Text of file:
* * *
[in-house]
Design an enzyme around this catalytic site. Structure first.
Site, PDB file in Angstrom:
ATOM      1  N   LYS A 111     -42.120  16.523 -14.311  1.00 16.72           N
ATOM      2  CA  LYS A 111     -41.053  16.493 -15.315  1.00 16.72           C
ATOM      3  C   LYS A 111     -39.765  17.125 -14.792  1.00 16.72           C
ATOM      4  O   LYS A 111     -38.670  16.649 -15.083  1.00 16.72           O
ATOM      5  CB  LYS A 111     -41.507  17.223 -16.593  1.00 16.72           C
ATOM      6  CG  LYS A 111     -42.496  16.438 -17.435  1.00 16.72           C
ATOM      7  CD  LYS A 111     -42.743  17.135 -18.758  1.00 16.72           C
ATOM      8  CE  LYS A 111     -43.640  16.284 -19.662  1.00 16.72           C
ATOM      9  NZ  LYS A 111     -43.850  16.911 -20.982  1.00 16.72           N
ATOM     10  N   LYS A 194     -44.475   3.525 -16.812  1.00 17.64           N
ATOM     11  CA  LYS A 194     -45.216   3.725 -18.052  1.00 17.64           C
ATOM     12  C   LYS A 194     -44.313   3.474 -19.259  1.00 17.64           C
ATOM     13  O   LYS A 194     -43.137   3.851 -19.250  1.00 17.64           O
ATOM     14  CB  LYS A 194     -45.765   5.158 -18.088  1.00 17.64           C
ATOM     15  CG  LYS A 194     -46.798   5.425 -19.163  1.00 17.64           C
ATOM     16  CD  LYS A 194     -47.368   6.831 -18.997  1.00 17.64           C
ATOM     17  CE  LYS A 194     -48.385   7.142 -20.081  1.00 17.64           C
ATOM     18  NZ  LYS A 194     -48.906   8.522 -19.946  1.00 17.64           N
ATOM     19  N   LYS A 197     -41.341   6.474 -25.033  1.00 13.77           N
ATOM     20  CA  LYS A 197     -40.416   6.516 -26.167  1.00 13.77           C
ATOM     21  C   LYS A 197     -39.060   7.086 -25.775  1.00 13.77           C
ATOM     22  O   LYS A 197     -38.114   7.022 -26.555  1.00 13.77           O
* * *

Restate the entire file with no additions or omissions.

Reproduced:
[in-house]
Design an enzyme around this catalytic site. Structure first.
Site, PDB file in Angstrom:
ATOM      1  N   LYS A 111     -42.120  16.523 -14.311  1.00 16.72           N
ATOM      2  CA  LYS A 111     -41.053  16.493 -15.315  1.00 16.72           C
ATOM      3  C   LYS A 111     -39.765  17.125 -14.792  1.00 16.72           C
ATOM      4  O   LYS A 111     -38.670  16.649 -15.083  1.00 16.72           O
ATOM      5  CB  LYS A 111     -41.507  17.223 -16.593  1.00 16.72           C
ATOM      6  CG  LYS A 111     -42.496  16.438 -17.435  1.00 16.72           C
ATOM      7  CD  LYS A 111     -42.743  17.135 -18.758  1.00 16.72           C
ATOM      8  CE  LYS A 111     -43.640  16.284 -19.662  1.00 16.72           C
ATOM      9  NZ  LYS A 111     -43.850  16.911 -20.982  1.00 16.72           N
ATOM     10  N   LYS A 194     -44.475   3.525 -16.812  1.00 17.64           N
ATOM     11  CA  LYS A 194     -45.216   3.725 -18.052  1.00 17.64           C
ATOM     12  C   LYS A 194     -44.313   3.474 -19.259  1.00 17.64           C
ATOM     13  O   LYS A 194     -43.137   3.851 -19.250  1.00 17.64           O
ATOM     14  CB  LYS A 194     -45.765   5.158 -18.088  1.00 17.64           C
ATOM     15  CG  LYS A 194     -46.798   5.425 -19.163  1.00 17.64           C
ATOM     16  CD  LYS A 194     -47.368   6.831 -18.997  1.00 17.64           C
ATOM     17  CE  LYS A 194     -48.385   7.142 -20.081  1.00 17.64           C
ATOM     18  NZ  LYS A 194     -48.906   8.522 -19.946  1.00 17.64           N
ATOM     19  N   LYS A 197     -41.341   6.474 -25.033  1.00 13.77           N
ATOM     20  CA  LYS A 197     -40.416   6.516 -26.167  1.00 13.77           C
ATOM     21  C   LYS A 197     -39.060   7.086 -25.775  1.00 13.77           C
ATOM     22  O   LYS A 197     -38.114   7.022 -26.555  1.00 13.77           O